Why mixed equilibria may not be conventions

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Abstract

In his Convention (1969) David Lewis defined conventions as behavioural regularities instantiating proper coordination equilibria made salient by precedent and operational by this being common knowledge. While later proponents of game theoretical approaches in the study of convention have agreed on dropping Lewis' eccentric ‘coordination' requirement as well as that of common knowledge, they are confused on whether conventions should be regarded as proper thereby precluding mixed equilibria. In this paper I argue that mixed equilibria may not be conventions, but also suggest that the reason for this reveals that though common knowledge is not necessary for a convention to operate, it may be utilized as to identify the conventional aspect of a given practice.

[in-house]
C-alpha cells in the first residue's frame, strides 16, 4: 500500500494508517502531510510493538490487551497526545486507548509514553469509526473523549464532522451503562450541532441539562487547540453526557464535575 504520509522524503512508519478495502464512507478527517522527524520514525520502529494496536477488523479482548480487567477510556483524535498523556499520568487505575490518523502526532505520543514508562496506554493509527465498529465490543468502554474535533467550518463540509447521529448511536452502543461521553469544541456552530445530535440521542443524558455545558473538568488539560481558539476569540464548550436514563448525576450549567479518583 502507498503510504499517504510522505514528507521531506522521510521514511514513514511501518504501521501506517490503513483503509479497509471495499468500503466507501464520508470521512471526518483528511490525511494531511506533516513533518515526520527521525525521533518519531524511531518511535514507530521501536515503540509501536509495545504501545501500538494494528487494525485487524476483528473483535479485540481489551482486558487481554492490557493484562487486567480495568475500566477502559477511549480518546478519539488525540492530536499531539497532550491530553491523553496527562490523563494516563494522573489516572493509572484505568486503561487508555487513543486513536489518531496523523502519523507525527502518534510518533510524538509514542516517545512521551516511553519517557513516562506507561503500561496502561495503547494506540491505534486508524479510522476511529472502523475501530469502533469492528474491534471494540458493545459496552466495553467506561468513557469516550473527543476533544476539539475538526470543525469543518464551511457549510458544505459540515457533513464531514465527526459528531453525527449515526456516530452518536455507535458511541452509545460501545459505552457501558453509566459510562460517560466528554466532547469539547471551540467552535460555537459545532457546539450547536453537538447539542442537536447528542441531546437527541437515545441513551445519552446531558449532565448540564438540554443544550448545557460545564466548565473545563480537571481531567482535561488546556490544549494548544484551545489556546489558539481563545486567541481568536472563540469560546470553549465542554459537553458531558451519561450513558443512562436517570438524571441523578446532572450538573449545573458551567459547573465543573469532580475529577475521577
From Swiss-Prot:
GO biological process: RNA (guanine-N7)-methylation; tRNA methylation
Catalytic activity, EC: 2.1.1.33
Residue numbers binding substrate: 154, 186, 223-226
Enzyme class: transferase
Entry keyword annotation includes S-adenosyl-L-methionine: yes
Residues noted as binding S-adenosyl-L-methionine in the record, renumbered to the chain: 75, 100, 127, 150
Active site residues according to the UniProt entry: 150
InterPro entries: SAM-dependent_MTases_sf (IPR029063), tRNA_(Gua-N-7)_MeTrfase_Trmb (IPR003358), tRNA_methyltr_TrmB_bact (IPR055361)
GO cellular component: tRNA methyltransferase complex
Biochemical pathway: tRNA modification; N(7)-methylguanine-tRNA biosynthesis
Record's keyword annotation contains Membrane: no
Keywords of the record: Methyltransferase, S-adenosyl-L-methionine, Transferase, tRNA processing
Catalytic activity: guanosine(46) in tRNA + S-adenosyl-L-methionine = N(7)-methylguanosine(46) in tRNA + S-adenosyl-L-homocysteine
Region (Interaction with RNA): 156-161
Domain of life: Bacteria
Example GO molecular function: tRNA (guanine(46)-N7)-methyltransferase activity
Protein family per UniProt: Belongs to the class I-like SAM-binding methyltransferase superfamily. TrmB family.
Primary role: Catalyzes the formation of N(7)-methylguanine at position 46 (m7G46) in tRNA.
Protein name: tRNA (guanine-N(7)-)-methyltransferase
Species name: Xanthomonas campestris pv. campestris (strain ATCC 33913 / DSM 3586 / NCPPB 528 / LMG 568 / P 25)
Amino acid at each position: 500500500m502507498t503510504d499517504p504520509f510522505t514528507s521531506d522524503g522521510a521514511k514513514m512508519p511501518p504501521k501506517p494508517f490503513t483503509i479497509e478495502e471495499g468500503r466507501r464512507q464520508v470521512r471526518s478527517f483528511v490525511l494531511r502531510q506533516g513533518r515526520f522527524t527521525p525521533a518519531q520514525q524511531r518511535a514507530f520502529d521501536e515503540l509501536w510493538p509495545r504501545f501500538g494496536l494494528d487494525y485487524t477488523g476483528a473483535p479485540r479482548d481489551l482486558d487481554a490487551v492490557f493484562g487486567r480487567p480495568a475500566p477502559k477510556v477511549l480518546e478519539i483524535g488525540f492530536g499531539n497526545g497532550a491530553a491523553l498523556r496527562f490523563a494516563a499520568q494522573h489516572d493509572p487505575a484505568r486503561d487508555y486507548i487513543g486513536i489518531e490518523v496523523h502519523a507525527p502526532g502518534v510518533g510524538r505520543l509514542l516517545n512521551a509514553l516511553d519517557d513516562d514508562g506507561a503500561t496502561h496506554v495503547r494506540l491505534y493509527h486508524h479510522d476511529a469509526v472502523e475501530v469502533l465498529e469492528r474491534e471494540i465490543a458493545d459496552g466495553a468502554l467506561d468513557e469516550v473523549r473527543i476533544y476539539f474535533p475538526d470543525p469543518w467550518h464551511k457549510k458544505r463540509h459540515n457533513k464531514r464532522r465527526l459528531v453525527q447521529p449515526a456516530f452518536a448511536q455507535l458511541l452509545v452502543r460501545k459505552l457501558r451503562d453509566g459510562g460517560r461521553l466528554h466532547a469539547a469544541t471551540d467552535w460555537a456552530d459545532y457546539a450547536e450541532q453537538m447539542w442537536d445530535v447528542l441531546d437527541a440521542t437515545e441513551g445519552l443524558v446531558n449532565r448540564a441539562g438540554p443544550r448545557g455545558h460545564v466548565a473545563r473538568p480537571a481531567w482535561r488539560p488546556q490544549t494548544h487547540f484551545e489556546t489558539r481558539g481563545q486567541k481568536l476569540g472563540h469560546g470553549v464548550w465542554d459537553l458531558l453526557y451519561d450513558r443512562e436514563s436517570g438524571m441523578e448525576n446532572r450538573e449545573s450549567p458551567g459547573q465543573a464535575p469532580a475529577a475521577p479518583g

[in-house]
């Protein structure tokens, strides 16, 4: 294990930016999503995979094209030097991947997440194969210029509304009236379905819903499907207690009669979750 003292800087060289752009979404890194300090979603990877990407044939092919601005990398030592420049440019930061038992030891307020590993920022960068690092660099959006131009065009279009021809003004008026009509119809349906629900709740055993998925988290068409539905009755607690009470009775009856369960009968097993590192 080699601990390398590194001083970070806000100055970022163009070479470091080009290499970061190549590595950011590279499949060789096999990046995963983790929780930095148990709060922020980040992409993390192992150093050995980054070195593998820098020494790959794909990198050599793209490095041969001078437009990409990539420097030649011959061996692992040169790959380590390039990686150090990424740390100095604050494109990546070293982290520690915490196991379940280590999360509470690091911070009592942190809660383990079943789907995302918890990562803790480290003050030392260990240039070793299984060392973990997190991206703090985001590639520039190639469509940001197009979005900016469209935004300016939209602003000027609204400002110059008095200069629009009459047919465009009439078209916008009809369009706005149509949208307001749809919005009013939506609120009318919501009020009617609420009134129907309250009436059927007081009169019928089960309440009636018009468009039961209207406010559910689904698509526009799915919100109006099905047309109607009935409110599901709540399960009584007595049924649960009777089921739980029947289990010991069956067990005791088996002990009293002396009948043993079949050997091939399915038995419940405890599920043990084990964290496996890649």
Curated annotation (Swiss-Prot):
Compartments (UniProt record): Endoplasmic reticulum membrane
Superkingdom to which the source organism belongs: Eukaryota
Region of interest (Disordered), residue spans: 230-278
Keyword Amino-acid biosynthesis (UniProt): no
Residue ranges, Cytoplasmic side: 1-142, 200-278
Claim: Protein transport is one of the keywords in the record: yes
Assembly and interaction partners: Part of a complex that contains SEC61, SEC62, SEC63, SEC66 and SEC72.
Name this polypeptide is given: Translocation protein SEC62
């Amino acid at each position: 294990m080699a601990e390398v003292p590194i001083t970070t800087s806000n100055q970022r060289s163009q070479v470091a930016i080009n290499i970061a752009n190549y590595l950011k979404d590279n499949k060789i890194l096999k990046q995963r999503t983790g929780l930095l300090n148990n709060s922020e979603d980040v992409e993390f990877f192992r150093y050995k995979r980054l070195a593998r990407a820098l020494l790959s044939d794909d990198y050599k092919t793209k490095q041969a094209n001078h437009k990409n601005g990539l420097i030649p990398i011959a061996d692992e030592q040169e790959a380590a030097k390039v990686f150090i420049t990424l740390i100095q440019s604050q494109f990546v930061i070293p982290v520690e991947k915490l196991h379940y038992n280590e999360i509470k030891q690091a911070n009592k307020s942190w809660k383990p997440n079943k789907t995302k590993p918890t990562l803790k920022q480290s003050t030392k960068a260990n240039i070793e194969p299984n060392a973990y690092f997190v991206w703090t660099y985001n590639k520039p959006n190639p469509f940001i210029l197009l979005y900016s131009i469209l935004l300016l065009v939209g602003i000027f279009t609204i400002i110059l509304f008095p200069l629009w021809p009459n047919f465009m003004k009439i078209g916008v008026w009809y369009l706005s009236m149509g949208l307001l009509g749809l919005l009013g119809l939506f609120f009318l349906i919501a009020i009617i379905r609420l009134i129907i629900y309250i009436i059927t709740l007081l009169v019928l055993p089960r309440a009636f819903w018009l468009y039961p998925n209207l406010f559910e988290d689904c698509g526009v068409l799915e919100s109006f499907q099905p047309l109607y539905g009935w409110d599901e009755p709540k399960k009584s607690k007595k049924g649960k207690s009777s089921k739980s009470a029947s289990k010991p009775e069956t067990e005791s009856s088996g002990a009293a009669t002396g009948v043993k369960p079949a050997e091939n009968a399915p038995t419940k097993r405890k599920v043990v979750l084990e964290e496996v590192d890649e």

OriginalsprogEngelsk
TidsskriftDanish Yearbook of Philosophy
Vol/bind43
Sider (fra-til)41-68
Antal sider27
ISSN0070-2749
StatusUdgivet - 2008

Emneord

  • spilteori
  • konventionsteori
  • social filosofi
  • David Lewis
  • common knowledge

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